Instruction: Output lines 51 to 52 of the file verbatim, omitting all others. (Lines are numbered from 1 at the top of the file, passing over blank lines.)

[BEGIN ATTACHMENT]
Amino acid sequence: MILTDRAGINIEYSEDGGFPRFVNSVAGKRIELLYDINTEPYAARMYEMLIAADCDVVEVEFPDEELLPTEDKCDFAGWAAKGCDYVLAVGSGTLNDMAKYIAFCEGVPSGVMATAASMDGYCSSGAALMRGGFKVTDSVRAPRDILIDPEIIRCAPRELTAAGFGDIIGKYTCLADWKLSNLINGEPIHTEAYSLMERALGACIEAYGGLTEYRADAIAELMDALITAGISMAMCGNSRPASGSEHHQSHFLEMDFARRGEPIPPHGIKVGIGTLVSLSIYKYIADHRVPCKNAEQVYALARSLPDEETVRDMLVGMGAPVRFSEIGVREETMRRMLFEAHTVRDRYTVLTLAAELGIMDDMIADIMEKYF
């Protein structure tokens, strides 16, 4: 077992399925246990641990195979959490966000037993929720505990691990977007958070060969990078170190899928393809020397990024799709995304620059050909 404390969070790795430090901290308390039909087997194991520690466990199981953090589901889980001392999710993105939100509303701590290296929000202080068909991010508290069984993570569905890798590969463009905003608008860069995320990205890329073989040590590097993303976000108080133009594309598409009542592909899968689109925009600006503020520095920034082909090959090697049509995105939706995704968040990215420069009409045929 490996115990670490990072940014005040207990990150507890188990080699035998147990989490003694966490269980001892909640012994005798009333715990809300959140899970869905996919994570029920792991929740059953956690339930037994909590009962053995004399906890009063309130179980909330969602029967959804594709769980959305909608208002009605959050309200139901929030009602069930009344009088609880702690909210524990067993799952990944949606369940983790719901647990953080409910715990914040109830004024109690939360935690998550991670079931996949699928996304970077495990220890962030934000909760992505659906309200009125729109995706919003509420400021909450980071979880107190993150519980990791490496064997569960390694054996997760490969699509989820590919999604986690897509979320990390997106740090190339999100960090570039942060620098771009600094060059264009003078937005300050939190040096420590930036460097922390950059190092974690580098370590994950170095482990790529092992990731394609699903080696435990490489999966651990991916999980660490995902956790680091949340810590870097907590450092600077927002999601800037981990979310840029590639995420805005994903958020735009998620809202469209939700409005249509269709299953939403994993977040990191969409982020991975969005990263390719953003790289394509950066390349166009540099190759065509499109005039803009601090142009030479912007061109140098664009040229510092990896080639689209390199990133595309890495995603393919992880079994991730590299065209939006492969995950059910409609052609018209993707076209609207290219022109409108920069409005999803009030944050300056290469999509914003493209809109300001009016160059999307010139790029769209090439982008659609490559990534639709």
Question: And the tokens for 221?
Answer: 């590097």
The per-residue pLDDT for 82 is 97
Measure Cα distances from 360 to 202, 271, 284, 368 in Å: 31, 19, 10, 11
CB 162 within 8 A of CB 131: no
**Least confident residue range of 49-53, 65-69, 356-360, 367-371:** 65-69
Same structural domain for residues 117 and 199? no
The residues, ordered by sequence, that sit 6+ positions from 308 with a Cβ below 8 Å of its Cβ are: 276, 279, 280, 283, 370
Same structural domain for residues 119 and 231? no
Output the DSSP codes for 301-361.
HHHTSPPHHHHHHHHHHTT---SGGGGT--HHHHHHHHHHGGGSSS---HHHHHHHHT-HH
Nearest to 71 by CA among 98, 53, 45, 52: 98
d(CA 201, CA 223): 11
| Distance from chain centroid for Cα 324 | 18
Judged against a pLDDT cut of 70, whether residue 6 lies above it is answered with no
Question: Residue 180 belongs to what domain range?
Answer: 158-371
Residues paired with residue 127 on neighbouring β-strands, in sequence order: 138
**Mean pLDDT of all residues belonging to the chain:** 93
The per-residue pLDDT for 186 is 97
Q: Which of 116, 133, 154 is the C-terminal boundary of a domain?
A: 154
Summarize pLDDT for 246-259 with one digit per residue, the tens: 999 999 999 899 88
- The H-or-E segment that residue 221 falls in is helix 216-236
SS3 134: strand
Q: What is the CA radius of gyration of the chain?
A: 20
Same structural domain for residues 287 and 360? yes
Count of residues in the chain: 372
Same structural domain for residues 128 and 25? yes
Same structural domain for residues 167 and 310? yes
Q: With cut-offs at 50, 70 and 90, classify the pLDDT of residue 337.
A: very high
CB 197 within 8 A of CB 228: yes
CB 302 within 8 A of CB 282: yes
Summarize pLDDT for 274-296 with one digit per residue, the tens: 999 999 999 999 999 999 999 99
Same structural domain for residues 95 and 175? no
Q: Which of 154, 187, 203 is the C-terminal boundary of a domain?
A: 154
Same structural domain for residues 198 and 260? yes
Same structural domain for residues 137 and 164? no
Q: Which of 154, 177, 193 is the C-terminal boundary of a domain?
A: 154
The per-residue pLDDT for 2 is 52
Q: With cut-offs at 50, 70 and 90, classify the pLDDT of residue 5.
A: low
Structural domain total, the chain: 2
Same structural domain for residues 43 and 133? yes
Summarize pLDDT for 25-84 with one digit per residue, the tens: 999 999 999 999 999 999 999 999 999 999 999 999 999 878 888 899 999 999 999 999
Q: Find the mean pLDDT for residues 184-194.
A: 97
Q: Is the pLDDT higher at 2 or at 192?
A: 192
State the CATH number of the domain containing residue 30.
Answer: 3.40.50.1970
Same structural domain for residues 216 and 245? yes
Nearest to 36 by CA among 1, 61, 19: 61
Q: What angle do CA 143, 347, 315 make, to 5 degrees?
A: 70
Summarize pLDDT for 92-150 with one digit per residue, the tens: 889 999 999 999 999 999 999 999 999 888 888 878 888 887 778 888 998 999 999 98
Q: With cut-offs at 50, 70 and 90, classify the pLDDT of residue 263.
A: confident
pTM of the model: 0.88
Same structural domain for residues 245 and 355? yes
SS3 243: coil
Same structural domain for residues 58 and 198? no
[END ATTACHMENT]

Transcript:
Summarize pLDDT for 25-84 with one digit per residue, the tens: 999 999 999 999 999 999 999 999 999 999 999 999 999 878 888 899 999 999 999 999
Q: Find the mean pLDDT for residues 184-194.